Solomon Wesley United Methodist Church
Solomon Wesley United Methodist Church
|Location||291-B Davistown Road / Asyla Road, Blackwood, New Jersey|
|Area||0.5 acres (0.20 ha)|
|Architectural style||Mid-19th Century Vernacular|
|NRHP reference #||89000241|
|Added to NRHP||April 10, 1989|
It was built in 1850 and added to the National Register of Historic Places in 1989.
Blackwood is part of Gloucester Township, Camden County, New Jersey, and the municipality renamed Asyla-Davistown Road as Davistown Road on May 23, 1988, through this Gloucester Township ordinance:
Chapter 73. Street Address Numbering
§ 73-A. Name Changed
Pursuant to N.J.S.A 40:67-1, et seq., said street and roadway in the Township of Gloucester, County of Camden, between Erial Road and Black Horse Pike (sometimes known as "Davistown Road" and sometimes known as "Asyla Road") be and is hereby designated and hereinafter known as "Davistown Road".
The church address became 844 Davistown Road, Blackwood, New Jersey.
Historical and architectural significance
Afro-Americans in New Jersey: a short history by Giles R. Wright (Trenton, NJ, New Jersey Historical Commission, 1989), discusses the importance of the community of Davistown where the church is situated and a digital edition is available from the NJ State Library as a free download (pdf) -- see link below. Black Heritage Sites. The North, Volume 1 by Nancy C. Curtis also discusses Davistown and the founding of the church. "A History of Davistown and its residents" by Viola M. Johnson, (Davis family Historian) 2009, second edition.
The family settlement called Davistown had its roots in a four-acre parcel of land purchased in 1813 by Solomon Davis. This land was purchased from Daniel and Tamzon Bates for the sum of $10.00.
Solomon Davis married Reason Valinda (Lindley) Boyer, daughter of Jacob and Jane Boyer and with her fathered eleven children. Between 1820 and 1840 the Davis family purchased much of the land that became Davistown from the heirs of Jacob and Jane Boyer. By 1840 the family settlement had become a small town. In 1842 Gloucester Township surveyed and built a road that is still called the Davistown Road. 1n 1850 Davistown built a church on land purchased from Zachariah and Catherine Davis by Solomon Davis Sr. Noble Davis, and Perry Frisby. (Father, son and son-in-law) In its 162-year history, the Solomon Wesley Church has been both African Methodist Episcopal, and United Methodist.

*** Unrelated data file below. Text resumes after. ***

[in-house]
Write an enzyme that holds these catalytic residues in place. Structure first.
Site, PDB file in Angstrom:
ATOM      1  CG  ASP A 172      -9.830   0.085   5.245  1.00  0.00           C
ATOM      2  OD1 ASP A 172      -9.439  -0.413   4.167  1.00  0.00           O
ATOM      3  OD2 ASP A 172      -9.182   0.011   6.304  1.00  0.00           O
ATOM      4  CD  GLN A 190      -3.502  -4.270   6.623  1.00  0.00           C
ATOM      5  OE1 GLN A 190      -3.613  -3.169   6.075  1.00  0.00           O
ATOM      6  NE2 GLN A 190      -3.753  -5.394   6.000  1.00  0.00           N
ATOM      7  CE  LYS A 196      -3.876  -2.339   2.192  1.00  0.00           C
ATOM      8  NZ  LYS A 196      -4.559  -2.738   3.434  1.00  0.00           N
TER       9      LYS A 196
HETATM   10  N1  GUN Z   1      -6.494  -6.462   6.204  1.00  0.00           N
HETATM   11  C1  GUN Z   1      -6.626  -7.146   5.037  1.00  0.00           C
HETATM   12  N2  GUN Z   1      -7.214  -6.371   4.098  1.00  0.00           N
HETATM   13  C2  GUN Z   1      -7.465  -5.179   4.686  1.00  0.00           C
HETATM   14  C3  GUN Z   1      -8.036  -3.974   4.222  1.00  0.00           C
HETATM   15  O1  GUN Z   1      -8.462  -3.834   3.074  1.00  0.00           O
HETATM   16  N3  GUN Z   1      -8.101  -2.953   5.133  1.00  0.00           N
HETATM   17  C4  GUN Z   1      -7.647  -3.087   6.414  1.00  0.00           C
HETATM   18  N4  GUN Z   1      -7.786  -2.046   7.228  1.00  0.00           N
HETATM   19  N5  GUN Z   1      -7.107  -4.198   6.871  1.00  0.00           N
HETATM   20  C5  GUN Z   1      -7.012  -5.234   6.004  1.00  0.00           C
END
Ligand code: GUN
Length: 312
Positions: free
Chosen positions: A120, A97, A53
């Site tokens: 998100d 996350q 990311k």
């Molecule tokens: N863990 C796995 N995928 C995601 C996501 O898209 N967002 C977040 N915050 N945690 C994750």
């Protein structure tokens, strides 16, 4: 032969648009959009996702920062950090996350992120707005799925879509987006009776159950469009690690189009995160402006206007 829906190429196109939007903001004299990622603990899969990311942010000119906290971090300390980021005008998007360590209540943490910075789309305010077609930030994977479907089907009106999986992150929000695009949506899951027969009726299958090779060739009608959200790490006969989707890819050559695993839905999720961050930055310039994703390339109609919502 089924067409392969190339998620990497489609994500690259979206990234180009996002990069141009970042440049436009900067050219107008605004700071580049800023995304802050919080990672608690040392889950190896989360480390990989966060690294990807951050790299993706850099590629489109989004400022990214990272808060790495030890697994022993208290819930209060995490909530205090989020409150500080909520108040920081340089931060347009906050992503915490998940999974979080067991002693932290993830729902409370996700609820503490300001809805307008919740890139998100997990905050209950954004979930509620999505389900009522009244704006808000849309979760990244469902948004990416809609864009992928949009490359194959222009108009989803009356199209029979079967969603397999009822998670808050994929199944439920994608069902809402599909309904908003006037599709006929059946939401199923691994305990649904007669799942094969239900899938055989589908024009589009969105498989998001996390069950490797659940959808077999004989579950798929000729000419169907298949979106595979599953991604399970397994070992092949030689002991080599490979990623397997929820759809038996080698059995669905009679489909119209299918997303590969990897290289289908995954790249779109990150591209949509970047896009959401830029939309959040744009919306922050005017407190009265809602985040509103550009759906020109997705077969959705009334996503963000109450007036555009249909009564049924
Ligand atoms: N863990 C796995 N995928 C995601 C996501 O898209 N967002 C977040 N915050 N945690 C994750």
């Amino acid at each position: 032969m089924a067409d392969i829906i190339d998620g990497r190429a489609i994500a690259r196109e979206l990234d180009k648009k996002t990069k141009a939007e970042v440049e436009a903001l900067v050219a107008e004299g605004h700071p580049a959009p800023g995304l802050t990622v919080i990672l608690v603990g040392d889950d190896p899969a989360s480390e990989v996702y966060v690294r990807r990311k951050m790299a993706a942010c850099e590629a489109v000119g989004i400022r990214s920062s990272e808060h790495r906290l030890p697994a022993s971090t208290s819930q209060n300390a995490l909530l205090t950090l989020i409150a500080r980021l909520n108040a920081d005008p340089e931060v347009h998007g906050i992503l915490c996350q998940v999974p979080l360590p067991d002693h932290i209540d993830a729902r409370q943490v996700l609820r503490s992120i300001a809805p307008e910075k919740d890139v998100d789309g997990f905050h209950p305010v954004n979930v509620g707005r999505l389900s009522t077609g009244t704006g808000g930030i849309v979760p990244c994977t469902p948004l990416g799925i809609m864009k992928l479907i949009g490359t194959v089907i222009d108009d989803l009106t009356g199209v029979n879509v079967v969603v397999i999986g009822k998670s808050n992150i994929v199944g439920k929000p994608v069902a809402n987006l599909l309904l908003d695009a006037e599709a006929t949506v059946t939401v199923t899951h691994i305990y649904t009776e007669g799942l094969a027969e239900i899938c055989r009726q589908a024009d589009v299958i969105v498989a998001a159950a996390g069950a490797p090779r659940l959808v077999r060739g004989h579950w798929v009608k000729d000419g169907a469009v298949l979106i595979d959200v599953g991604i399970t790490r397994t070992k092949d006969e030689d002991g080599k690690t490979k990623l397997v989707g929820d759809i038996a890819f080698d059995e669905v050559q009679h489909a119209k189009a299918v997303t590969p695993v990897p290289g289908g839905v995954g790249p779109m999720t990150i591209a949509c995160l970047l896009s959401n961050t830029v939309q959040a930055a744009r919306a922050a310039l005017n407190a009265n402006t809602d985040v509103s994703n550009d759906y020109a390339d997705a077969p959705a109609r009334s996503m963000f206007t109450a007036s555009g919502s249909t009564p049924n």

The church's adjacent cemetery has several graves of Davis descendants and descendants of Caleb and Christiana (Murry) Shaw. (Caleb and his children were early members of the church). See the Camden County Historical Society document that lists Solomon Wesley Cemetery, Davistown. Veterans who served in the United States Colored Troops (USCT)  during the American Civil War and veterans from the Spanish–American War, World War I, and World War II are buried in the cemetery.
The building is also noted for its mid-19th century vernacular architecture.
December 5, 1870 the Davistown School for Colored Children was "set off" from Spring Mills. The Davistown school was the only school for colored children in the county and the only two story building in the area.
A picture of the Davistown church is one of eight buildings pictured around the seal of Gloucester Township. The church on listed on the state and national register of historic places.
Restoration efforts and change in denomination
In 2012 Solomon Wesley was sold by the United Methodist Church to Pastor Toki L. Taylor who is member of the clergy in the Fruit of the Spirit Ministries. As a result, the church was renamed "Fruit of the Spirit Ministries (home of the historic Solomon Wesley United Methodist Church)." Donyale Brown serves as the church administrator.
Pastor Taylor, the church elders, and members began fundraising to help restore the church building for use, with support from Gloucester Township, members of the Davistown community, members of the United Methodist Church, among others. A three-day public fundraising event was held August 31 to September 2, 2012 on the church grounds. The church has scheduled November 18, 2012, at 11 a.m., to dedicate the church building, followed by ordination of clergy and installation of church officers at an evening service.
- National Park Service (2009-03-13). "National Register Information System". National Register of Historic Places. National Park Service.
- https://sites.google.com/site/glotwpcode/TABLE-OF-CONTENTS/part-ii---regulatory-ordinances/chapter-73-street-address-numbers Gloucester Township Code
- http://slic.njstatelib.org/NJ_Information/Digital_Collections/Digidox9.php Afro-Americans in New Jersey: a short history. Giles R. Wright; Trenton, NJ, New Jersey Historical Commission, 1989.
- http://cchsnj.com/library_01.shtml Download cemeteries of Camden County pdf file
- http://westjerseyhistory.org/LBL/preface.shtml The Lost Black Legion
- http://www.southjerseynews.com/communities/ca022604a.htm Old photo brings it all back
- Art and Architecture, Solomon Wesley United Methodist Church
- http://articles.philly.com/1994-01-16/news/25825898_1_building-fund-humble-church-shingles/2 Her Mission Is To See Her Church Dressed In Sunday Best
- http://www.waymarking.com/waymarks/WM80AX_Bell_Tower_Solomon_Wesley_United_Methodist_Church_Blackwood_NJ Solomon Wesley United Methodist Church (Bell Tower history page)
- http://www.callingallnations.org/speakers.htm Pastor Toki Taylor and Donyale Brown (bios and photos)
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